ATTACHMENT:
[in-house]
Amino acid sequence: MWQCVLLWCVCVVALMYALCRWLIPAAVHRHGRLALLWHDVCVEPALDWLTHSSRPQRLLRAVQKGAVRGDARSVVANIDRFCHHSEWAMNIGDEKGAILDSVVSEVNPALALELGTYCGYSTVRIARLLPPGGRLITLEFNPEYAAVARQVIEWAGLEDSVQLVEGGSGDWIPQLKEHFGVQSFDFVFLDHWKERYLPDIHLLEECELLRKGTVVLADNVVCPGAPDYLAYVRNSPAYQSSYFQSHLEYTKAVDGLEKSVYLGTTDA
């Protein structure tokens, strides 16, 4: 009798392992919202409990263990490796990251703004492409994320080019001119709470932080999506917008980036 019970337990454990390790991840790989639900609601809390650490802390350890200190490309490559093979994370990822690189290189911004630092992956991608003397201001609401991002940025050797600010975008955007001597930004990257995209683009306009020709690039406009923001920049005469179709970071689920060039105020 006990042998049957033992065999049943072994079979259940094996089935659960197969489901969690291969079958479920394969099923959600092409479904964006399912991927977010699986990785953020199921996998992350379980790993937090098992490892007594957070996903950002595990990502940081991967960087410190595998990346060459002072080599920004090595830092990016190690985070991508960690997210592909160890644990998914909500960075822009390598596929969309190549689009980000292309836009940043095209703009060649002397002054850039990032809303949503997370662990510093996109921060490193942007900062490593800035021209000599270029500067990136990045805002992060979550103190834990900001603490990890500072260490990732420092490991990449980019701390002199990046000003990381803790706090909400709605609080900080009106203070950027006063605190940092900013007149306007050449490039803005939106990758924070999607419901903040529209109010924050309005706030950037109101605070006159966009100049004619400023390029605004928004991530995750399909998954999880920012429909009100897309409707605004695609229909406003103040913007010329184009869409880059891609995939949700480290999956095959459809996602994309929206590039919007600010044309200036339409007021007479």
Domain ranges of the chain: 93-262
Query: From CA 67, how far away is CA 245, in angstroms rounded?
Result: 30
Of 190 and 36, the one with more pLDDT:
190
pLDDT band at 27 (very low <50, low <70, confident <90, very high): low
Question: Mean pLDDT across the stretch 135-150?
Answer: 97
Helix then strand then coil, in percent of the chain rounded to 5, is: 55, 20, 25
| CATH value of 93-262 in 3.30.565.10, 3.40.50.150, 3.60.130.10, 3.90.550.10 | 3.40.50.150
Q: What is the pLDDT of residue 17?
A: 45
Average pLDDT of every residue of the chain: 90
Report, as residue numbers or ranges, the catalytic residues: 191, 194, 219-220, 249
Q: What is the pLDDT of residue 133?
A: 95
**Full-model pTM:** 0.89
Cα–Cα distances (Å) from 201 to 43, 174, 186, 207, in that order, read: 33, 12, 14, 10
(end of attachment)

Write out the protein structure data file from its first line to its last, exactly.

[in-house]
Amino acid sequence: MWQCVLLWCVCVVALMYALCRWLIPAAVHRHGRLALLWHDVCVEPALDWLTHSSRPQRLLRAVQKGAVRGDARSVVANIDRFCHHSEWAMNIGDEKGAILDSVVSEVNPALALELGTYCGYSTVRIARLLPPGGRLITLEFNPEYAAVARQVIEWAGLEDSVQLVEGGSGDWIPQLKEHFGVQSFDFVFLDHWKERYLPDIHLLEECELLRKGTVVLADNVVCPGAPDYLAYVRNSPAYQSSYFQSHLEYTKAVDGLEKSVYLGTTDA
């Protein structure tokens, strides 16, 4: 009798392992919202409990263990490796990251703004492409994320080019001119709470932080999506917008980036 019970337990454990390790991840790989639900609601809390650490802390350890200190490309490559093979994370990822690189290189911004630092992956991608003397201001609401991002940025050797600010975008955007001597930004990257995209683009306009020709690039406009923001920049005469179709970071689920060039105020 006990042998049957033992065999049943072994079979259940094996089935659960197969489901969690291969079958479920394969099923959600092409479904964006399912991927977010699986990785953020199921996998992350379980790993937090098992490892007594957070996903950002595990990502940081991967960087410190595998990346060459002072080599920004090595830092990016190690985070991508960690997210592909160890644990998914909500960075822009390598596929969309190549689009980000292309836009940043095209703009060649002397002054850039990032809303949503997370662990510093996109921060490193942007900062490593800035021209000599270029500067990136990045805002992060979550103190834990900001603490990890500072260490990732420092490991990449980019701390002199990046000003990381803790706090909400709605609080900080009106203070950027006063605190940092900013007149306007050449490039803005939106990758924070999607419901903040529209109010924050309005706030950037109101605070006159966009100049004619400023390029605004928004991530995750399909998954999880920012429909009100897309409707605004695609229909406003103040913007010329184009869409880059891609995939949700480290999956095959459809996602994309929206590039919007600010044309200036339409007021007479």
Domain ranges of the chain: 93-262
Query: From CA 67, how far away is CA 245, in angstroms rounded?
Result: 30
Of 190 and 36, the one with more pLDDT:
190
pLDDT band at 27 (very low <50, low <70, confident <90, very high): low
Question: Mean pLDDT across the stretch 135-150?
Answer: 97
Helix then strand then coil, in percent of the chain rounded to 5, is: 55, 20, 25
| CATH value of 93-262 in 3.30.565.10, 3.40.50.150, 3.60.130.10, 3.90.550.10 | 3.40.50.150
Q: What is the pLDDT of residue 17?
A: 45
Average pLDDT of every residue of the chain: 90
Report, as residue numbers or ranges, the catalytic residues: 191, 194, 219-220, 249
Q: What is the pLDDT of residue 133?
A: 95
**Full-model pTM:** 0.89
Cα–Cα distances (Å) from 201 to 43, 174, 186, 207, in that order, read: 33, 12, 14, 10